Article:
Can the Liberian Economy Survive the Coronavirus?

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Liberia CAN emerge stronger if we act now!!!

By Robert E. Smallwood Jr. 

A few weeks ago we were all focused on the apparent contradicting statements, relative to availability of fuel and gas, from the Minister of Commerce and LPRC. Called before a Senate committee hearing, Min. Tarpeh made a sobering statement which, I believe, requires urgent focused, accelerated and timely actions. The global economic impact of the coronavirus will almost certainly have a crippling and altering impact on Liberia’s economic landscape. The question really is, how devastating will it be?

I was encouraged by ongoing discussions at the Legislative and Executive levels around potential economic stimulus initiatives aimed at cushioning our economy against the certain economic fallout from the virus.  In my view, the coronavirus poses an existential treat to our very existence as a people and as an independent nation. I feel obliged, as a citizen, to offer my thoughts for consideration as needed policies are being formulated.

The economies of our major trading partners, friendly nations and donor nations have come, or are, grinding to a halt. To date $7 trillion US dollars have been announced as economic stimulus initiatives to fend off possible recession. The truth is, considering the unprecedented nature of the virus, no model and/or analysis exists to quantify the full impact of the virus on the global economy.  I agree with Min. Tarpeh. In the next 12 to 18 months, we, in Liberia, could likely experience significant fuel and gas, rice, and other commodities shortages. Dwindling tax revenue intake coupled with eroding and/or pause in donor budgetary support could likely cripple Government spending. Significant salary delays, delayed payments to local vendors and service providers payment are also likely. These likely events could have dire consequences of unimaginable proportions.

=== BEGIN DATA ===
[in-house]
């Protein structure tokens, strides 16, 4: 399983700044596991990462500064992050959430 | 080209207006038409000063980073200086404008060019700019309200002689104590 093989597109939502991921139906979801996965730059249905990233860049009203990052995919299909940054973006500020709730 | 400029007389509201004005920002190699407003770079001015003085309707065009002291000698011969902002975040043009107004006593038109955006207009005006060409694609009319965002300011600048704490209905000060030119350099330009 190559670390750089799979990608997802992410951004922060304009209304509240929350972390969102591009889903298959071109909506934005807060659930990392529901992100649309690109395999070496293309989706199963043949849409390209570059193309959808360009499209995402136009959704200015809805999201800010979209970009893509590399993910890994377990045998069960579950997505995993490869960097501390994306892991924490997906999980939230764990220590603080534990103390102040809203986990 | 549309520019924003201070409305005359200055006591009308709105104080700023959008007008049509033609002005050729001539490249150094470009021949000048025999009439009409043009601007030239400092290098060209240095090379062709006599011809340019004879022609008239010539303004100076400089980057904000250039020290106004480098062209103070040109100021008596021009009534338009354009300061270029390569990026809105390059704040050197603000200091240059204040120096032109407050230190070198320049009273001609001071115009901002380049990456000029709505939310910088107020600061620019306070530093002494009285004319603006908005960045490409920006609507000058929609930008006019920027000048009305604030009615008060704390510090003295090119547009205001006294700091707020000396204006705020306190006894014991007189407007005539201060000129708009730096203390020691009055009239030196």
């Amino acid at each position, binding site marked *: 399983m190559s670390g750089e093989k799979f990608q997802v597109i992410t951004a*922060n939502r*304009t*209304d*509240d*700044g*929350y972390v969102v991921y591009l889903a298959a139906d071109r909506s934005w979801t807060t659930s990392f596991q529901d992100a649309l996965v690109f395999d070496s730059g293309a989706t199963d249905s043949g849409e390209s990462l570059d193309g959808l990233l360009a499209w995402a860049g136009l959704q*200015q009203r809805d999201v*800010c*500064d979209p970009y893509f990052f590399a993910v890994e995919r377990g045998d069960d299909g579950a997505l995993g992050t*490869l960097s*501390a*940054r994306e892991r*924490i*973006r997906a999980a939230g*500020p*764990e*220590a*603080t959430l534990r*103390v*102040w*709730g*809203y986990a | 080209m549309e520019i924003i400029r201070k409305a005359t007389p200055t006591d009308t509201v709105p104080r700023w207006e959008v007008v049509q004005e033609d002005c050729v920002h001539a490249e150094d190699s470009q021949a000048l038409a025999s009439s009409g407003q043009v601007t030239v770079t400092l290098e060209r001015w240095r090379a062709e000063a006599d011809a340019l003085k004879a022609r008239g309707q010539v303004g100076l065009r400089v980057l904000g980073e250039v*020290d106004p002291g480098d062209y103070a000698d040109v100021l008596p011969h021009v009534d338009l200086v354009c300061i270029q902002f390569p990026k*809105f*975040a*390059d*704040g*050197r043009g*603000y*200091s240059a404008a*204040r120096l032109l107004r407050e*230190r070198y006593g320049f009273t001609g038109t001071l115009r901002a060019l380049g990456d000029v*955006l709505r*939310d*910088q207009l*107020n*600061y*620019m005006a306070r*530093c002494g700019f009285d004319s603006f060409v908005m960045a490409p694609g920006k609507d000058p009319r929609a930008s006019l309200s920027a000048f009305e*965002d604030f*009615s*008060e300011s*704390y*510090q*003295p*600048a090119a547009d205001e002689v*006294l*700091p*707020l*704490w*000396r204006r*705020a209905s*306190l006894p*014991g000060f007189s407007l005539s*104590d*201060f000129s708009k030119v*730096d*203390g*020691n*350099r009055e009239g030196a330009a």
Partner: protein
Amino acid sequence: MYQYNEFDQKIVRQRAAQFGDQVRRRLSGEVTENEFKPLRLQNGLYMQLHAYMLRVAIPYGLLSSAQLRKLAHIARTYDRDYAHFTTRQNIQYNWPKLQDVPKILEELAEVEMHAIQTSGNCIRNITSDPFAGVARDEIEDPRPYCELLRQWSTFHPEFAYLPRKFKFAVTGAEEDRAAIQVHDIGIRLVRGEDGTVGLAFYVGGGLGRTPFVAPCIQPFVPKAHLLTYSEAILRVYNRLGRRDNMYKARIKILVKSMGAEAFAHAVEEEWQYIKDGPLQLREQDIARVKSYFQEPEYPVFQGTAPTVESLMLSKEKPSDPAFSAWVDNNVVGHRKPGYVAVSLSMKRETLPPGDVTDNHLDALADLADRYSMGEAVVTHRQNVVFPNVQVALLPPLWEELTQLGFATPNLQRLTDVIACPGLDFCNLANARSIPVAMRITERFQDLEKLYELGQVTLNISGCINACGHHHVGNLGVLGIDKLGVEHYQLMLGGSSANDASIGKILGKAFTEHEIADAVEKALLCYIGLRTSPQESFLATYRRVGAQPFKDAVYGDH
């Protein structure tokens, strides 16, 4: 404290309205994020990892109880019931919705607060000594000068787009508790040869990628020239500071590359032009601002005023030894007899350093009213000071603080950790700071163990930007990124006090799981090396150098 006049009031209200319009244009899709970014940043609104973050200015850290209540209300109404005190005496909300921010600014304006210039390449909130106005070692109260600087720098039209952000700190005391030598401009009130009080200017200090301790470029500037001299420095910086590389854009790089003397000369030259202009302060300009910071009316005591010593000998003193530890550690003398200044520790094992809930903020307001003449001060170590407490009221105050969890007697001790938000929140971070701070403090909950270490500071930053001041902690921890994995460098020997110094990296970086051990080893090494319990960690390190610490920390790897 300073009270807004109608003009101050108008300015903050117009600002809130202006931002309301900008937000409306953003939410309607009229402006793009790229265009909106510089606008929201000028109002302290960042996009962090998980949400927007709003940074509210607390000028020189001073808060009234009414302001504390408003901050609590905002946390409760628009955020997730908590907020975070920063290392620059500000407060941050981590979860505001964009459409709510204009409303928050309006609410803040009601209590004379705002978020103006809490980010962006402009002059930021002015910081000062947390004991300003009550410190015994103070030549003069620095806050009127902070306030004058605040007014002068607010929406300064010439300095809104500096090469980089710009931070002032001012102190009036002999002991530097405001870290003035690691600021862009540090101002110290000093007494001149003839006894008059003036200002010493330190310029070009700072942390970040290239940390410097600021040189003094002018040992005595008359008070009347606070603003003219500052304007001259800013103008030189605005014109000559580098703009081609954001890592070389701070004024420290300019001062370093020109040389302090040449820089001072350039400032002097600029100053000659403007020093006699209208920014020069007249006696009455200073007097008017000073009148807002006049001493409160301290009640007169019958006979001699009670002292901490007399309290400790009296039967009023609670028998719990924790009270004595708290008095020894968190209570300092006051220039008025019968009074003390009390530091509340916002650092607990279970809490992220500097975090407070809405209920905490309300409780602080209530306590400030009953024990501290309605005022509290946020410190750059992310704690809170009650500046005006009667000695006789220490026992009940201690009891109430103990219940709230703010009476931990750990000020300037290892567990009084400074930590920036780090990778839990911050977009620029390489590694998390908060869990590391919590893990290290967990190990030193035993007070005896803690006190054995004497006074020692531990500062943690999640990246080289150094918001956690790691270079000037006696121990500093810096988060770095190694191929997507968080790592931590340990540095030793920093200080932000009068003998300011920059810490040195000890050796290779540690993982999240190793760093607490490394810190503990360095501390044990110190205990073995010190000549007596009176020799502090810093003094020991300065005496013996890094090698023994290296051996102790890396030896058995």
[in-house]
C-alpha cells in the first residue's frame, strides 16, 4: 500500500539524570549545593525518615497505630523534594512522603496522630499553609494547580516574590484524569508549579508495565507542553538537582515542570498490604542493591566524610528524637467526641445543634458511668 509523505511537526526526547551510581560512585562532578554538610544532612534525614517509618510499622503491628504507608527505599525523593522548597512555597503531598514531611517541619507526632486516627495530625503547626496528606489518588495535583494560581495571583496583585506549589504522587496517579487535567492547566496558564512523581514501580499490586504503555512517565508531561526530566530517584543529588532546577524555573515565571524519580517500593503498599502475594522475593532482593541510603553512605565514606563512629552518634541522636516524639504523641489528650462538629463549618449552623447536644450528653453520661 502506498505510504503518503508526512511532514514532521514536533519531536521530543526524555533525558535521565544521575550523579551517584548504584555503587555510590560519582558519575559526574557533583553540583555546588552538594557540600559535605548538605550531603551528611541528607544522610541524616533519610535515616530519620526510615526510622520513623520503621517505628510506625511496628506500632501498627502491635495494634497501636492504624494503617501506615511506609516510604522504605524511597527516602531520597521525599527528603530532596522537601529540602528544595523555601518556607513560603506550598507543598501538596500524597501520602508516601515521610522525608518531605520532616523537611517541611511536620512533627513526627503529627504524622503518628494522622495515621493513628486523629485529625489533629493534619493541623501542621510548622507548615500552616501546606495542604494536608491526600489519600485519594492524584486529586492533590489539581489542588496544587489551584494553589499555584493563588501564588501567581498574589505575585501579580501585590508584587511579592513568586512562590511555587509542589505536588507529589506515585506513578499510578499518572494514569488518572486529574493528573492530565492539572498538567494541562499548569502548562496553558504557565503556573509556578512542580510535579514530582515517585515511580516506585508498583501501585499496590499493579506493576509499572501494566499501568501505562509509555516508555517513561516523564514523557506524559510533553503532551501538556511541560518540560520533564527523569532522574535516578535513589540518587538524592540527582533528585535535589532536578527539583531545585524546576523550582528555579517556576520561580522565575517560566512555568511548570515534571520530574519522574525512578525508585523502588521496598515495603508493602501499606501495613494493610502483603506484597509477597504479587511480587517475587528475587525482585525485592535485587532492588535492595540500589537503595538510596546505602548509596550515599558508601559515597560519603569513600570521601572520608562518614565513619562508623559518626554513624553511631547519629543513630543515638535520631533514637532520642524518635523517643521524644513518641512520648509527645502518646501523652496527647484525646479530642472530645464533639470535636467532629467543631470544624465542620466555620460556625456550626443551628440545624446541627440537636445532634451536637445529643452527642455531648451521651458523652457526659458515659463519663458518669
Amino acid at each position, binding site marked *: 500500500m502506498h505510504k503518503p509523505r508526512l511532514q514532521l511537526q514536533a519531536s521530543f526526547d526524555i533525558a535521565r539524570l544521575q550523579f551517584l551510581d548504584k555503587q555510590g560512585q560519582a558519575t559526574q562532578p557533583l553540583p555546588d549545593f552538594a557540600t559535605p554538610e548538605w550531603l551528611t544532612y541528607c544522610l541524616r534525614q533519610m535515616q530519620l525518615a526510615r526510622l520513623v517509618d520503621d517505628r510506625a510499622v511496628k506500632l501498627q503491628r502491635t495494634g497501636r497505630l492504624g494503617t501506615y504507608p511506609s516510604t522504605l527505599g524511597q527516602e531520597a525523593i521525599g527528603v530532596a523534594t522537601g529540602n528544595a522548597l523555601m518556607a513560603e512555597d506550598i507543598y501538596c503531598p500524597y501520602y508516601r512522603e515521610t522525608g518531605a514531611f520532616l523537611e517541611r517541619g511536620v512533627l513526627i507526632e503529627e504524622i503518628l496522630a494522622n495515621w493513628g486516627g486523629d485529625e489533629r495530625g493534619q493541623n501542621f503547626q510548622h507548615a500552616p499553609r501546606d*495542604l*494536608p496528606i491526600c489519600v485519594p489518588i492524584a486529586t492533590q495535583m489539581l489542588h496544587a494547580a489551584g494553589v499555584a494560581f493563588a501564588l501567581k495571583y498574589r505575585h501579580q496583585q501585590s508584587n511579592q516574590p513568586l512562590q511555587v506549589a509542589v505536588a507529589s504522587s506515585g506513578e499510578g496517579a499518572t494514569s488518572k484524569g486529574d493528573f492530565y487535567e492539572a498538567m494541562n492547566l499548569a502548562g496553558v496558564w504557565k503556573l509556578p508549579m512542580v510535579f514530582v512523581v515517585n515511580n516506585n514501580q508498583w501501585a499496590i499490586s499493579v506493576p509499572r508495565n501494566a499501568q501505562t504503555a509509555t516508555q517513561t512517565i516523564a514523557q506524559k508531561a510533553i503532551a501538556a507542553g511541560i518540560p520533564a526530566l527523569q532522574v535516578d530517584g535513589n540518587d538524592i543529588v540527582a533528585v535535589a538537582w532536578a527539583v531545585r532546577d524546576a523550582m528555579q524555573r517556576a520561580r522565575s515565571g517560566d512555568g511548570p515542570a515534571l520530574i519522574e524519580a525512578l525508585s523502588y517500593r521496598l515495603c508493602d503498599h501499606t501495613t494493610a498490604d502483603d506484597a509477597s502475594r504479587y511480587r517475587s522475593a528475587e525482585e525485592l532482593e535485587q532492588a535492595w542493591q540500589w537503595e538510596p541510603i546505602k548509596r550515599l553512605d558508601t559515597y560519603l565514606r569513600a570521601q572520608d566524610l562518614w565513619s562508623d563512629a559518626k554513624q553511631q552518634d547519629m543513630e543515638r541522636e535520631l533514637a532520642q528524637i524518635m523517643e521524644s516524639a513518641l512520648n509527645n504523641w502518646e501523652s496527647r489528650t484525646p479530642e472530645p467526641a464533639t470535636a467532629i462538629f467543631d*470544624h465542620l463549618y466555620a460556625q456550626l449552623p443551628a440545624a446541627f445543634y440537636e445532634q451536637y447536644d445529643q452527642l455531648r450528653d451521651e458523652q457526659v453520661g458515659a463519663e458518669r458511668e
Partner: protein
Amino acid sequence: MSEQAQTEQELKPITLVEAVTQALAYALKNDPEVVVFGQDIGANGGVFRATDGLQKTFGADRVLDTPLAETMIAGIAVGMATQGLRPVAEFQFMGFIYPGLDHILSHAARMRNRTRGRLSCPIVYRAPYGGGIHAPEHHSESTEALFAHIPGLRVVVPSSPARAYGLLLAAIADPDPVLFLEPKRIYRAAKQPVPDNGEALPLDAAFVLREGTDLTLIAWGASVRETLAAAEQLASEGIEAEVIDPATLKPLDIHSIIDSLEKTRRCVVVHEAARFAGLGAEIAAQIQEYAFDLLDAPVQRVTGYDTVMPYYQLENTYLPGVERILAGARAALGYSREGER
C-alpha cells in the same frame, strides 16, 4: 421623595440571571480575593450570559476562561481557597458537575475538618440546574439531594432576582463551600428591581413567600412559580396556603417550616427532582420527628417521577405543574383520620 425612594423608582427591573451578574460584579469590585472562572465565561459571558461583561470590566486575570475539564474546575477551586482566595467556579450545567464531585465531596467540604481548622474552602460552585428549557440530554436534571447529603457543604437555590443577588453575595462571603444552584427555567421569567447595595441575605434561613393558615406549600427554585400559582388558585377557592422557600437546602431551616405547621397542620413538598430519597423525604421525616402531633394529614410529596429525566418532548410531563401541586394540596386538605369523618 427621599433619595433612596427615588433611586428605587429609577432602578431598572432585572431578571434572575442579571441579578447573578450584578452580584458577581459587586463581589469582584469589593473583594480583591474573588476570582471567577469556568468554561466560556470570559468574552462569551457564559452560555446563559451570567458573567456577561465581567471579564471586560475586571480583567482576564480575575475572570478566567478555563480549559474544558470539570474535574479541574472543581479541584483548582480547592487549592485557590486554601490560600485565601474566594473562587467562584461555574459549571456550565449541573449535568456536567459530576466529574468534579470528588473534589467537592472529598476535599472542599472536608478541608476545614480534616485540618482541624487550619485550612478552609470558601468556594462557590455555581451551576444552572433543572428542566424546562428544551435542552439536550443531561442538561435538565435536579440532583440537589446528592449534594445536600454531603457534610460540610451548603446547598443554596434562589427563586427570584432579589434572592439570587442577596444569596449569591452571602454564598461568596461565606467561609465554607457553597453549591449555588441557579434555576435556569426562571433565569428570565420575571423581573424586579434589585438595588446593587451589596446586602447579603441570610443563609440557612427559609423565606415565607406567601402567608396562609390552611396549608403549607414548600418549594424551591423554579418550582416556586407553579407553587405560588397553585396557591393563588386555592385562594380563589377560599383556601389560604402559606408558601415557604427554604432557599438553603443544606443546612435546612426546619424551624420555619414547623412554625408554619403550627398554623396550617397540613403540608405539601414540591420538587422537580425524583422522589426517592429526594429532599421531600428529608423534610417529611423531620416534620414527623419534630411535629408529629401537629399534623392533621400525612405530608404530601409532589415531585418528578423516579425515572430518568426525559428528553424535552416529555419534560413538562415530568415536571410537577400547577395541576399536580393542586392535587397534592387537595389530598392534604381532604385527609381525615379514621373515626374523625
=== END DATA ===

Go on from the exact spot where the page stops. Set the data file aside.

Liberia, as a small economy, with urgent and immediate actions, can emerge stronger and well positioned post-coronavirus.

Considered and urgent monetary, fiscal and administrative measures are needed now. I humbly provide the below suggestions to aid the ongoing discussions at the highest levels of Government to drive appropriate actions to forestall the pending economic impact of the virus.

Monetary measures for consideration

  • The halting of small businesses’ loan interest payments for 3 to 9 months and the restructuring of medium and large business loan interest payment.
  • Reducing bank fees on money importation.

CBL’s leadership in partnership with all financial institutions will be critical.

Fiscal measures for consideration

  • Halting customs duties on all imports for 6 months as a stimulus to the hospitality, foods and merchandise sectors. This sector will likely be the hardest hit by the virus.
  • Granting employment tax credit to businesses for every new hire.
  • Granting tax waiver and/or tax credit to landlords in exchange for tenants rent waiver.

Other Administrative measures for consideration

  • Granting investment based multi-year work and resident permits to foreign business operators/investors linked to new investments.
  • Provide Government purchase guarantee for agricultural products grown in Liberia.
  • Reducing LEC / electricity buy cost. This could be achieved by restructuring existing grants, financing, etc.

The coronavirus is unprecedented in scope and impact and, at this stage, unquantifiable. The global economic impact will be as have never been seen or experienced before. Critical and immediate actions are required for our (Liberia) survival as a people and as a nation. Liberia can and must emerge stronger if and only if we act NOW!!

IN UNION STRONG, SUCCESS IS SURE. WE WILL OVER ALL PREVAIL!!! 

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